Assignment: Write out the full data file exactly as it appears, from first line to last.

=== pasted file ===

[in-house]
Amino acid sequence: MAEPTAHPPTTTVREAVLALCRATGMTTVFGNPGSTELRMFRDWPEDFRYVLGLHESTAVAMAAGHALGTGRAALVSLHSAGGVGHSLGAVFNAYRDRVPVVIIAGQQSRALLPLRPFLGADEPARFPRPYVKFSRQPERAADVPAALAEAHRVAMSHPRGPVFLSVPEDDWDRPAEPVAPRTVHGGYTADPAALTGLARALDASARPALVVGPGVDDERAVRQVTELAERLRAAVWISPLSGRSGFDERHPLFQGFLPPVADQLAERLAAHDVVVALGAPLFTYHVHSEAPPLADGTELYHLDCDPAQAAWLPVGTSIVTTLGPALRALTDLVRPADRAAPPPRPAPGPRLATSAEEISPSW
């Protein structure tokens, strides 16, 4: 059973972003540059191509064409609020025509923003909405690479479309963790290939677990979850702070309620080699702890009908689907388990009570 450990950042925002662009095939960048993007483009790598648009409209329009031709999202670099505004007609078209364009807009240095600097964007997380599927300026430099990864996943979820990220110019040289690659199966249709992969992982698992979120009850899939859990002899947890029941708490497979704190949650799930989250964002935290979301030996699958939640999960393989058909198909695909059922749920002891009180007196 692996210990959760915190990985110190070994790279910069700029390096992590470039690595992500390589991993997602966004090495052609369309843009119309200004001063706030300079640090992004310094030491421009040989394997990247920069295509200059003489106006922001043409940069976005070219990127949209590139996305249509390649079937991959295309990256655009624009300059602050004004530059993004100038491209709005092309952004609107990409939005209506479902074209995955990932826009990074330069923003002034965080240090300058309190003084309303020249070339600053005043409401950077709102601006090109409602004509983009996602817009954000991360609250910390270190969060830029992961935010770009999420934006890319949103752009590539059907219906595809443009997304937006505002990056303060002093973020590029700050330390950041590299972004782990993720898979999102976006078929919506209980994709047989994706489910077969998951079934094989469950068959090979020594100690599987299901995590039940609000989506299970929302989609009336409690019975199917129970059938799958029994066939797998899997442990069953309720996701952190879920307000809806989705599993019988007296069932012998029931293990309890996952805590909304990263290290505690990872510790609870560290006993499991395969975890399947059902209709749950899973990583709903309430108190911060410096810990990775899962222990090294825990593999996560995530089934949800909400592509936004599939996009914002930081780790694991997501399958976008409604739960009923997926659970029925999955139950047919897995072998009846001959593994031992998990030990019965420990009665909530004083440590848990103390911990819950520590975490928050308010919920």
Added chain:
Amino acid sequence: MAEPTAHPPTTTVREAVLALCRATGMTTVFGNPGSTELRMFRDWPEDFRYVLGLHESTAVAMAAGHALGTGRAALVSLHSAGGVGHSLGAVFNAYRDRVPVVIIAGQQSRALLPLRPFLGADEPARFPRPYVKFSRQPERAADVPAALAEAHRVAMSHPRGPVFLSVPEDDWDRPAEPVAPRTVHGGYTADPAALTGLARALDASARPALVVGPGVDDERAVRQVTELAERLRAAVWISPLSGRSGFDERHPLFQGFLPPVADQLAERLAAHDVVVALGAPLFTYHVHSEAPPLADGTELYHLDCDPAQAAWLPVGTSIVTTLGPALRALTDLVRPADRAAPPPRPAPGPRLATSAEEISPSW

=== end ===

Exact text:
[in-house]
Amino acid sequence: MAEPTAHPPTTTVREAVLALCRATGMTTVFGNPGSTELRMFRDWPEDFRYVLGLHESTAVAMAAGHALGTGRAALVSLHSAGGVGHSLGAVFNAYRDRVPVVIIAGQQSRALLPLRPFLGADEPARFPRPYVKFSRQPERAADVPAALAEAHRVAMSHPRGPVFLSVPEDDWDRPAEPVAPRTVHGGYTADPAALTGLARALDASARPALVVGPGVDDERAVRQVTELAERLRAAVWISPLSGRSGFDERHPLFQGFLPPVADQLAERLAAHDVVVALGAPLFTYHVHSEAPPLADGTELYHLDCDPAQAAWLPVGTSIVTTLGPALRALTDLVRPADRAAPPPRPAPGPRLATSAEEISPSW
């Protein structure tokens, strides 16, 4: 059973972003540059191509064409609020025509923003909405690479479309963790290939677990979850702070309620080699702890009908689907388990009570 450990950042925002662009095939960048993007483009790598648009409209329009031709999202670099505004007609078209364009807009240095600097964007997380599927300026430099990864996943979820990220110019040289690659199966249709992969992982698992979120009850899939859990002899947890029941708490497979704190949650799930989250964002935290979301030996699958939640999960393989058909198909695909059922749920002891009180007196 692996210990959760915190990985110190070994790279910069700029390096992590470039690595992500390589991993997602966004090495052609369309843009119309200004001063706030300079640090992004310094030491421009040989394997990247920069295509200059003489106006922001043409940069976005070219990127949209590139996305249509390649079937991959295309990256655009624009300059602050004004530059993004100038491209709005092309952004609107990409939005209506479902074209995955990932826009990074330069923003002034965080240090300058309190003084309303020249070339600053005043409401950077709102601006090109409602004509983009996602817009954000991360609250910390270190969060830029992961935010770009999420934006890319949103752009590539059907219906595809443009997304937006505002990056303060002093973020590029700050330390950041590299972004782990993720898979999102976006078929919506209980994709047989994706489910077969998951079934094989469950068959090979020594100690599987299901995590039940609000989506299970929302989609009336409690019975199917129970059938799958029994066939797998899997442990069953309720996701952190879920307000809806989705599993019988007296069932012998029931293990309890996952805590909304990263290290505690990872510790609870560290006993499991395969975890399947059902209709749950899973990583709903309430108190911060410096810990990775899962222990090294825990593999996560995530089934949800909400592509936004599939996009914002930081780790694991997501399958976008409604739960009923997926659970029925999955139950047919897995072998009846001959593994031992998990030990019965420990009665909530004083440590848990103390911990819950520590975490928050308010919920």
Added chain:
Amino acid sequence: MAEPTAHPPTTTVREAVLALCRATGMTTVFGNPGSTELRMFRDWPEDFRYVLGLHESTAVAMAAGHALGTGRAALVSLHSAGGVGHSLGAVFNAYRDRVPVVIIAGQQSRALLPLRPFLGADEPARFPRPYVKFSRQPERAADVPAALAEAHRVAMSHPRGPVFLSVPEDDWDRPAEPVAPRTVHGGYTADPAALTGLARALDASARPALVVGPGVDDERAVRQVTELAERLRAAVWISPLSGRSGFDERHPLFQGFLPPVADQLAERLAAHDVVVALGAPLFTYHVHSEAPPLADGTELYHLDCDPAQAAWLPVGTSIVTTLGPALRALTDLVRPADRAAPPPRPAPGPRLATSAEEISPSW